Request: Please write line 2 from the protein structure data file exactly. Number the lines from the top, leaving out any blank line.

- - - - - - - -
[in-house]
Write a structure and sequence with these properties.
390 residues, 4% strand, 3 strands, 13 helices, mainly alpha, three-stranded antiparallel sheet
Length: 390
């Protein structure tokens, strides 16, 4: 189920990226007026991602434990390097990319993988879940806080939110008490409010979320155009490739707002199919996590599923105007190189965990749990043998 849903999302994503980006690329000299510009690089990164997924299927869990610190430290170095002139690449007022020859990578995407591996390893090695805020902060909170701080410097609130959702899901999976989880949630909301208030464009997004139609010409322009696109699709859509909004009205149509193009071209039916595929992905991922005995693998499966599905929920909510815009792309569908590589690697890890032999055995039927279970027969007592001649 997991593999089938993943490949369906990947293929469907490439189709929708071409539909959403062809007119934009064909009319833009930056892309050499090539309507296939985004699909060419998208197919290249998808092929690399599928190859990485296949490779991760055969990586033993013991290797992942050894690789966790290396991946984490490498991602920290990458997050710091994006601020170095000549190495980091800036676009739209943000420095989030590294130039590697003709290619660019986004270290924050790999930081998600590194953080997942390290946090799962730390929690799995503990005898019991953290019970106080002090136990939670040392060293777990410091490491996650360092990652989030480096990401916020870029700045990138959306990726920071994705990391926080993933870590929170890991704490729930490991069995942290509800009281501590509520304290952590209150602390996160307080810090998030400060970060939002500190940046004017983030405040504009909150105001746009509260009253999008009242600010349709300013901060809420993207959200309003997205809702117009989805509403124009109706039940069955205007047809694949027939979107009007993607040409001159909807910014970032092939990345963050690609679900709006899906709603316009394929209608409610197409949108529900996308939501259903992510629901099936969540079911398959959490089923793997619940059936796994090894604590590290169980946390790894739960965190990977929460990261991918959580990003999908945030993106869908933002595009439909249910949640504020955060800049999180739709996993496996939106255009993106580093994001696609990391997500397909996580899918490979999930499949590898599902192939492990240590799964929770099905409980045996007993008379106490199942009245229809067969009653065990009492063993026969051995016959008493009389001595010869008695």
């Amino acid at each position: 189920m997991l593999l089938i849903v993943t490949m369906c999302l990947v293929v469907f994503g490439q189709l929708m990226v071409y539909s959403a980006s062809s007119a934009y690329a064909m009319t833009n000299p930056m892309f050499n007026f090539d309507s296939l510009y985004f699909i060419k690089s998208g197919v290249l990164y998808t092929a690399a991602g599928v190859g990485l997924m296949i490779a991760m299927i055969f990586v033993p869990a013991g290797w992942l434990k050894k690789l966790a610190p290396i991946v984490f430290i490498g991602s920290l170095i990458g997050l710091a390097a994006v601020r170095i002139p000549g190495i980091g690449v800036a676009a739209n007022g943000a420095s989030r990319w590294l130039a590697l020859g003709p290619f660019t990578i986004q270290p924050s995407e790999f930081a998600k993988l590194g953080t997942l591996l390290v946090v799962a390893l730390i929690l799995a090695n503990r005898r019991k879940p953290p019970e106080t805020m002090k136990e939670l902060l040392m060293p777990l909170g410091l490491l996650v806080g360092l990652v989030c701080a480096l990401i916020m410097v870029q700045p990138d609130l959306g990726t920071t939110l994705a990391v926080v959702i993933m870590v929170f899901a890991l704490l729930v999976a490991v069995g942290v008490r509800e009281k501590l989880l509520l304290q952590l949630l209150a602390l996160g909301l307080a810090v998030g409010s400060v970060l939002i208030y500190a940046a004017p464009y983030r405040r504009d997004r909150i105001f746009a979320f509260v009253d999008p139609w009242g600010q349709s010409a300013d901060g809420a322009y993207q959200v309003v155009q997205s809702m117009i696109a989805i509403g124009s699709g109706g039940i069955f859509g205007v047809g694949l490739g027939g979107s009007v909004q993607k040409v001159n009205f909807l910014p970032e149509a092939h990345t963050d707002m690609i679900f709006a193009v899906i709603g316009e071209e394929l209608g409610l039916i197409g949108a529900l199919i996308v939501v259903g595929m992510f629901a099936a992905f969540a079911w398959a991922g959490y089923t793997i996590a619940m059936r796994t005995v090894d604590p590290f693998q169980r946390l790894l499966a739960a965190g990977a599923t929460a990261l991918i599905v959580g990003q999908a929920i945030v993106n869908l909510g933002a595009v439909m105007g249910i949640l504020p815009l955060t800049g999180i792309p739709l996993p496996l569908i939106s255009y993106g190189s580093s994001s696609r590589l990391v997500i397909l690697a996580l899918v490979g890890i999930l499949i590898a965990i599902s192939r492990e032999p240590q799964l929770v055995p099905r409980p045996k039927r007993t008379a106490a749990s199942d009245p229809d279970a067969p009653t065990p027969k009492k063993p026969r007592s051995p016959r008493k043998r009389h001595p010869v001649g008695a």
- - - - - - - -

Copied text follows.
Write a structure and sequence with these properties.